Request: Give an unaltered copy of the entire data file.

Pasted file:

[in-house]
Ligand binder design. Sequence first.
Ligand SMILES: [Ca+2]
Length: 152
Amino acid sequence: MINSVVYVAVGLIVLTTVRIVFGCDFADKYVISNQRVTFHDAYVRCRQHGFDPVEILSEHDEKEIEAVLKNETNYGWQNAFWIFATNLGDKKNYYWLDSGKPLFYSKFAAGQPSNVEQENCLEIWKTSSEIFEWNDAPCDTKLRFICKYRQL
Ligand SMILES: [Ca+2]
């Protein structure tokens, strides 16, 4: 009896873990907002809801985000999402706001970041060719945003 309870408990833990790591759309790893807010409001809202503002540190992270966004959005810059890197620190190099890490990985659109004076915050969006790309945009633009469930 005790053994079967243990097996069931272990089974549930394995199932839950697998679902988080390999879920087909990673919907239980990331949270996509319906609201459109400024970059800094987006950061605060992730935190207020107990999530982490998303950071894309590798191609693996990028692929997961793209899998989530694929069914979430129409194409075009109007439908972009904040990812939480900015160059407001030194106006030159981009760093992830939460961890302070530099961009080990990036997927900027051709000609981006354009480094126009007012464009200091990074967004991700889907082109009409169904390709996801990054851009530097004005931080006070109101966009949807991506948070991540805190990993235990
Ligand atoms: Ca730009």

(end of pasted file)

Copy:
[in-house]
Ligand binder design. Sequence first.
Ligand SMILES: [Ca+2]
Length: 152
Amino acid sequence: MINSVVYVAVGLIVLTTVRIVFGCDFADKYVISNQRVTFHDAYVRCRQHGFDPVEILSEHDEKEIEAVLKNETNYGWQNAFWIFATNLGDKKNYYWLDSGKPLFYSKFAAGQPSNVEQENCLEIWKTSSEIFEWNDAPCDTKLRFICKYRQL
Ligand SMILES: [Ca+2]
């Protein structure tokens, strides 16, 4: 009896873990907002809801985000999402706001970041060719945003 309870408990833990790591759309790893807010409001809202503002540190992270966004959005810059890197620190190099890490990985659109004076915050969006790309945009633009469930 005790053994079967243990097996069931272990089974549930394995199932839950697998679902988080390999879920087909990673919907239980990331949270996509319906609201459109400024970059800094987006950061605060992730935190207020107990999530982490998303950071894309590798191609693996990028692929997961793209899998989530694929069914979430129409194409075009109007439908972009904040990812939480900015160059407001030194106006030159981009760093992830939460961890302070530099961009080990990036997927900027051709000609981006354009480094126009007012464009200091990074967004991700889907082109009409169904390709996801990054851009530097004005931080006070109101966009949807991506948070991540805190990993235990
Ligand atoms: Ca730009």